We’ve all been there. After weeks of submitting resumes, you finally land that crucial interview. Unfortunately during your time to shine, nerves take over. You can barely hear the questions. Your mouth goes dry; your mind goes blank. You’re certain your accelerated heartbeat is audible. Later, when someone asks how it went you honestly don’t remember. All you know is you survived. Which means your anxiety has scored another win.
At least you aren’t alone. One poll revealed that some 92% admitted to being stressed out by at least one thing during a job interview. The number one concern? Being too nervous! It doesn’t have to be like this. That fight or flight response triggered by anxiety is super helpful when you’re trying to outrun a rabble of rabid raccoons. It’s far less valuable when you’re trying to remember exactly how you increased sales by 17% in the third quarter. Truth is, nerves can be managed. So, here’s how to remain calm during an interview.
The Boy Scout motto definitely applies. The more preparation you do, the easier it will be to remain calm. So do your due diligence on the company where you hope to work. Find out as much as you can about their challenges –– especially the ones particular to your department. Then see what solutions you can craft. Learn all you can about the interviewer as well. Write down questions to ask during the interview along with bullet points covering areas you may be asked about. Take the time to have a trusted friend conduct a practice interview with you. If the interview is being conducted remotely, then your practice interview should be as well –– ideally using the same videoconferencing platform.
Another suggestion on how to remain calm during an interview is to visualize it going really well. As hypnotist Harley Sears explains, “Research shows that experiencing success increases our confidence, even if that experience is imagined.” So find a comfy, quiet corner of your home, close your eyes and create a mental story. Picture yourself driving to the office, checking in with reception, meeting the interviewer. Imagine answering the questions succinctly and confidently. See yourself getting a job offer. Or as Sears puts it, “See yourself as calm, focused, and prepared…”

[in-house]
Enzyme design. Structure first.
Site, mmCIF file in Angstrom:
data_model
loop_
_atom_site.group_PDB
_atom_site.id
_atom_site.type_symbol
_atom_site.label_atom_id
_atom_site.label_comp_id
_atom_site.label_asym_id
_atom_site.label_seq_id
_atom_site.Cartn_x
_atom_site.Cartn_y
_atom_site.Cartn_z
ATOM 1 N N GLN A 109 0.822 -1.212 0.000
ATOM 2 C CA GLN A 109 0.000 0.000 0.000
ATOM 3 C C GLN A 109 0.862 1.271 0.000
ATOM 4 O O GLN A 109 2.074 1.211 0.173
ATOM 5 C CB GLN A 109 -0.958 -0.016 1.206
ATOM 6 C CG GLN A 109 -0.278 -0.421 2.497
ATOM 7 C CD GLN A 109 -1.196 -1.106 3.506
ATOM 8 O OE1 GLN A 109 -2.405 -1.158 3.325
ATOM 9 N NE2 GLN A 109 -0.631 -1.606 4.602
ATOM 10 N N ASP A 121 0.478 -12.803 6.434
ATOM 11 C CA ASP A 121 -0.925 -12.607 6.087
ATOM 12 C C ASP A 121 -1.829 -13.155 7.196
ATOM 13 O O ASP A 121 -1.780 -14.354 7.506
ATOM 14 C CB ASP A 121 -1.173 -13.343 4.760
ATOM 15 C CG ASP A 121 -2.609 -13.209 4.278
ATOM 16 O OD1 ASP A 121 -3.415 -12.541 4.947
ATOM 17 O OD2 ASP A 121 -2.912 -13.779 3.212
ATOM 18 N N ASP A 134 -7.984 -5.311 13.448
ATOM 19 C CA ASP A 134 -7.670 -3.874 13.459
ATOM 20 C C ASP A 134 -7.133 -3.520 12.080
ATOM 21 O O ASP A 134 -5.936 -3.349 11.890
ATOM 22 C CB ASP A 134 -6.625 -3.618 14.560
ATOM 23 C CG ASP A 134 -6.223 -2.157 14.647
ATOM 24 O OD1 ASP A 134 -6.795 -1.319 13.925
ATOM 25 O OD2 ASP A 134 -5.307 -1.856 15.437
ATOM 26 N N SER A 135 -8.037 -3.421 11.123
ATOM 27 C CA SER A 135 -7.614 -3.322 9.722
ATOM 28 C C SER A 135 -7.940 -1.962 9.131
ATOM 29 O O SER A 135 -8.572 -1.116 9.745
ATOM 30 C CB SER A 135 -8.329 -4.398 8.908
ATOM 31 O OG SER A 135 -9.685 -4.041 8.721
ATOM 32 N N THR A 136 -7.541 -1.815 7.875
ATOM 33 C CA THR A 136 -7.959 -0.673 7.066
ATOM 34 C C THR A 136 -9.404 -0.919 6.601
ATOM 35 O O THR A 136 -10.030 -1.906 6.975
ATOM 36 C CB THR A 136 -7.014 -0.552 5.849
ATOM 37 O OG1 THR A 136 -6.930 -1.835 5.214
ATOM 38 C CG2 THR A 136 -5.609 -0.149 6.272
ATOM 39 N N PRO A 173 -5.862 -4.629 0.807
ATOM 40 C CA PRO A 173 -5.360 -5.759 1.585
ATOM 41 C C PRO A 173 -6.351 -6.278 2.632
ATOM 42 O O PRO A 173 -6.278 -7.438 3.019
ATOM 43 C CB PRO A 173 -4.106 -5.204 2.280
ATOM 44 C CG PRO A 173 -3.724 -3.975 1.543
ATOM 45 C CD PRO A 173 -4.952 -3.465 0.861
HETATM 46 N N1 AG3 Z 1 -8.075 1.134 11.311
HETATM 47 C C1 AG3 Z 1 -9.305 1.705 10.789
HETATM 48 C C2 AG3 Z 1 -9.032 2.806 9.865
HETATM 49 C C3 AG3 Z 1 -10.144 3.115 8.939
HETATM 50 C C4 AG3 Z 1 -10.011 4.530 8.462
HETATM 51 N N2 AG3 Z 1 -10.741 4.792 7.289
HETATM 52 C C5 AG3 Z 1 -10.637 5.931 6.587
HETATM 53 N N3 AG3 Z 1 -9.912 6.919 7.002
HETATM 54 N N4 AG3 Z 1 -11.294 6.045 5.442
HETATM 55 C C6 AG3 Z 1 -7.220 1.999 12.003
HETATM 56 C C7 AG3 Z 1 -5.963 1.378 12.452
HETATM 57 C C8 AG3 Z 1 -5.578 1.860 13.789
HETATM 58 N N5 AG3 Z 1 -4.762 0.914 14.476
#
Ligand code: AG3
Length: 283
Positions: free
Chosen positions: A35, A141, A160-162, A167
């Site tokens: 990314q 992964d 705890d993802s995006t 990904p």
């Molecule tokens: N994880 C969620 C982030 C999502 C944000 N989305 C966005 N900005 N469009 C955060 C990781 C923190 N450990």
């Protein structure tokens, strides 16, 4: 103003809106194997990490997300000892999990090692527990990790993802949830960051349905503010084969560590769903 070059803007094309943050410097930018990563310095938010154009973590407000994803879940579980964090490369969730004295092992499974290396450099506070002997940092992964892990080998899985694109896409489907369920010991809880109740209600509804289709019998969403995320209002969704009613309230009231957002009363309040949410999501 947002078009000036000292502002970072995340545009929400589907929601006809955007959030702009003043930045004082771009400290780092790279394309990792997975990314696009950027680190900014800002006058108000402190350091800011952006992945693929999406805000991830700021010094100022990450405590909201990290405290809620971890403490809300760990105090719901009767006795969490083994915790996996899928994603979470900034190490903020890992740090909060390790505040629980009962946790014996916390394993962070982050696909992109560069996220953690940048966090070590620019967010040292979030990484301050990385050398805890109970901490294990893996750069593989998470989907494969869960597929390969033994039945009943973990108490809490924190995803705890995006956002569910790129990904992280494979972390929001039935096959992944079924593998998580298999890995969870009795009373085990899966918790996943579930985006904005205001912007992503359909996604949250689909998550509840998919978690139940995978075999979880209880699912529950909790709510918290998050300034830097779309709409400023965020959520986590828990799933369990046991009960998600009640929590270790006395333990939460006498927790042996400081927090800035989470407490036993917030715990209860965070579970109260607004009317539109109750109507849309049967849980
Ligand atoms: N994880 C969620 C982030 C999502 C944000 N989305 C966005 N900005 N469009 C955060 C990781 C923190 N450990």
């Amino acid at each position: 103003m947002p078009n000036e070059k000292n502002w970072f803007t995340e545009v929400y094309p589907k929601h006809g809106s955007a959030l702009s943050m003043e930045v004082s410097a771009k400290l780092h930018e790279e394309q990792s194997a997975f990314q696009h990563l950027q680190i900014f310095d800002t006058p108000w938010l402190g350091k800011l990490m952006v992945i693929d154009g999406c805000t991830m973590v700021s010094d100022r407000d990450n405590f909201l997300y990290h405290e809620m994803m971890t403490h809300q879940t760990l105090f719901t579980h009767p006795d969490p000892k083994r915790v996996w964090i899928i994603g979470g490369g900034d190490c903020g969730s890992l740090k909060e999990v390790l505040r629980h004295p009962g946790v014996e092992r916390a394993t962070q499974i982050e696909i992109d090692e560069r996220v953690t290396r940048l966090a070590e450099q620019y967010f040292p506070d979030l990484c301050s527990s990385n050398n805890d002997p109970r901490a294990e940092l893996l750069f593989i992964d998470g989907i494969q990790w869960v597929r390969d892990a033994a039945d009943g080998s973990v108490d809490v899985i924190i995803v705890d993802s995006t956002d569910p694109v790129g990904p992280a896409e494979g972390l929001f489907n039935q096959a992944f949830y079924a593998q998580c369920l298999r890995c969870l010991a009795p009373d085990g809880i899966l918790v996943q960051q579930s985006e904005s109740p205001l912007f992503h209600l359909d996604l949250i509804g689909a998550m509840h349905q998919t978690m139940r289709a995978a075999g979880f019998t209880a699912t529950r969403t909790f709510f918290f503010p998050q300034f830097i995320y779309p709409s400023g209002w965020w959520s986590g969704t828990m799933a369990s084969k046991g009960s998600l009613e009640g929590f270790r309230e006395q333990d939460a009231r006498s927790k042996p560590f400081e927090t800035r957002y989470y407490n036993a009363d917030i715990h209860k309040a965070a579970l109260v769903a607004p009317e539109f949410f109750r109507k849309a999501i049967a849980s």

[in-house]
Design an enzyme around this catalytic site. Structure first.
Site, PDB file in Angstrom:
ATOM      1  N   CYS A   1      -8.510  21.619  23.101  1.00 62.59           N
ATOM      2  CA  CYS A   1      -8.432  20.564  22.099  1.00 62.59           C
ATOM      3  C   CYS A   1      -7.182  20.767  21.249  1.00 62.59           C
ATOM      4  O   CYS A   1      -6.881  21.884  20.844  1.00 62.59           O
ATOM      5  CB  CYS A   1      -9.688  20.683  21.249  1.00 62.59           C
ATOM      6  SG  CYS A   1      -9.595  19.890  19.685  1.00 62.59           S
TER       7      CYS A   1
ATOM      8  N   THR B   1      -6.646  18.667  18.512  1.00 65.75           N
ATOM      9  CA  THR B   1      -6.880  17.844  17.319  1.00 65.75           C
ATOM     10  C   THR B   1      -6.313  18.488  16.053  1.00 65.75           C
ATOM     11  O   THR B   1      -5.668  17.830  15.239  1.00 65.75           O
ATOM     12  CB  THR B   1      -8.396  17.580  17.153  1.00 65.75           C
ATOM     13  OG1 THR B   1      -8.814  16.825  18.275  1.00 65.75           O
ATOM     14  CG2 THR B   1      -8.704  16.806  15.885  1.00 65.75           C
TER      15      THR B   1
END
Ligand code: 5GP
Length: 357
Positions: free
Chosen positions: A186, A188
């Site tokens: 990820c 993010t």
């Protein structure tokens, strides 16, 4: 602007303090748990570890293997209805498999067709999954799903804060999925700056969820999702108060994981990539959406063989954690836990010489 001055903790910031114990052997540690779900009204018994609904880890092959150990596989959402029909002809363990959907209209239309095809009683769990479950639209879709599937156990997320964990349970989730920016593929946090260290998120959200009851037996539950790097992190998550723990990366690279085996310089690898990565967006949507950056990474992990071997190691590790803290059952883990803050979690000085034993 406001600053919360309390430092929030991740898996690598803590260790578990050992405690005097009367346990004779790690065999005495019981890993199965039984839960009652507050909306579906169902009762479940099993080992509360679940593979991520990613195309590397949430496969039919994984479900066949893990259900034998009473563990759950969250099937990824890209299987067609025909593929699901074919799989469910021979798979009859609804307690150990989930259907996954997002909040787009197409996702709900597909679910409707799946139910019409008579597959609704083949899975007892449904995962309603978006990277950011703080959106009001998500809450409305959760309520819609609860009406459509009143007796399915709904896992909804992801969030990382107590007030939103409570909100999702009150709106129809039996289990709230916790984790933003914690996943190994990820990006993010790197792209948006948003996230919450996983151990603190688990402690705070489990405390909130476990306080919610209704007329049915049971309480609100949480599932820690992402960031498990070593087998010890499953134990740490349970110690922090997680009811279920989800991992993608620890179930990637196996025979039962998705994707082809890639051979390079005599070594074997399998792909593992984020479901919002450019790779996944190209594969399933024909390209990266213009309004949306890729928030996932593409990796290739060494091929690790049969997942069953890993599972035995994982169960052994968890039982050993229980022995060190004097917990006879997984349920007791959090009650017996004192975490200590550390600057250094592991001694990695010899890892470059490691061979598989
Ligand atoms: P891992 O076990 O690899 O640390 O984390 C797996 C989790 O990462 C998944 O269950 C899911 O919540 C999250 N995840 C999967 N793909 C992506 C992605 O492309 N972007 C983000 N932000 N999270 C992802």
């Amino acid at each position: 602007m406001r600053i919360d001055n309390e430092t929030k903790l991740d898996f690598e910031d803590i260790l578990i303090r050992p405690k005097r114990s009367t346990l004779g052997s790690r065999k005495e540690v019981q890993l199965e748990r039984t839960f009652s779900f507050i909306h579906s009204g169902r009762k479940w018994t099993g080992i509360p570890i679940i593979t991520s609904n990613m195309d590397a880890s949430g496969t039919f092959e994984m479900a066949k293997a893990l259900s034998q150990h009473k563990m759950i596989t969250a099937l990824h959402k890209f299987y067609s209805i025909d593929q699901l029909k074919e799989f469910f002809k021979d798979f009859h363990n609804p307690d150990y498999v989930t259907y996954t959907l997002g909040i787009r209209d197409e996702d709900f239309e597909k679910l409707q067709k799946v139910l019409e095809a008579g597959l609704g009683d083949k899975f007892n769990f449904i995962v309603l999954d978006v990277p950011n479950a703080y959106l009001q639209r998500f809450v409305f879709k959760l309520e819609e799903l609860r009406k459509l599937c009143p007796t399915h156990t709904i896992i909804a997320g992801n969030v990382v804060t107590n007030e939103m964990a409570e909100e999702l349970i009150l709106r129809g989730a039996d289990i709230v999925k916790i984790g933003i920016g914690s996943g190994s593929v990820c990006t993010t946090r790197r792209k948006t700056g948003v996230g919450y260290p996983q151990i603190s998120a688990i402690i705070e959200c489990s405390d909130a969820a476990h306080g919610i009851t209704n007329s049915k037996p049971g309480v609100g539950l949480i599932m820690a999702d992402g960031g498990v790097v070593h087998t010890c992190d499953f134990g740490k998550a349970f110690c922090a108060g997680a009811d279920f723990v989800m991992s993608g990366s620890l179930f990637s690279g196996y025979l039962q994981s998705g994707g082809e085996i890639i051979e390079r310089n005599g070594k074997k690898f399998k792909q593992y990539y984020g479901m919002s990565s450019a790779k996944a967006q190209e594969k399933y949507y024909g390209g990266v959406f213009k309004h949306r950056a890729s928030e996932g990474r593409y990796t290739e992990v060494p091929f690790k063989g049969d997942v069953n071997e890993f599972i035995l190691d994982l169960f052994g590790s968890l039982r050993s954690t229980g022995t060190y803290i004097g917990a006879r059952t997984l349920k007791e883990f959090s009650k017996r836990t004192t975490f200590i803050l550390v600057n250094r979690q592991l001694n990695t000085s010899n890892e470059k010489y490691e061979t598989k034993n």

Then, put away all of your electronic devices at least an hour before bed. Get a good night’s sleep.
Start the Day Right
Don’t skip breakfast. During job interviews, a growling tummy is always an unwelcome participant. You don’t want to deal with a debilitating sugar crash either. So choose something simple and filling, like steel cut oatmeal which has water-soluble fiber which gives you a sense of fullness and take longer to digest and absorb than other types of oatmeal. Fresh fruit is awesome as well.
Plan on doing a brief guided meditation before you leave –– a proven anxiety buster. There are tons of online resources. Just getting your mind and body into a serene place will help.
Although too much coffee can make you jittery, some research suggests that first cup of coffee or black tea is calming. It’s also great for mental focus, so if you are coffee drinker, have a cup or two.
At the Interview
if the interview is remote, you can do all these steps at home. Otherwise, plan on arriving fifteen to thirty minutes before your appointment. This will reduce the anxiety we all have when we’re racing through traffic. You don’t want to check in too early. Instead, take a short walk around the neighborhood or office park. Light exercise can help reduce stress. As you stroll, practice belly breathing. In an effort to look skinny, we’ve all gotten in the bad habit of sucking in our tummy. Unfortunately, this makes our breathing more shallow. Instead, breath in slowly through the nose for a five count, expanding your stomach (it can help to put a hand on your navel as you do this.) Hold the breath for five. Then exhale through your mouth for another five. Do this a few times before you check in. Deep belly breathing encourages your diaphragm to expand completely with oxygenated air. It slows your heart rate and can even stabilize blood pressure.
When our anxiety takes over, it triggers the amygdala which floods our system with stress hormones and completely circumvents the more evolved frontal lobes –– part of the cerebral cortex, our advanced and rational brain system. That’s why it’s hard to focus during times of stress –– or at least on the things we need to focus on. By practicing deep breathing, you can calm the amygdala. Then during the actual interview, take a slow, quiet breath before answering a question. Not only will this quell any lingering anxiety, it allows you to set the pace.
Believe it or not, once you’ve mastered remaining calm during an interview you may actually start to enjoy them. Either way, you’ll greatly improve your chances of getting an offer.
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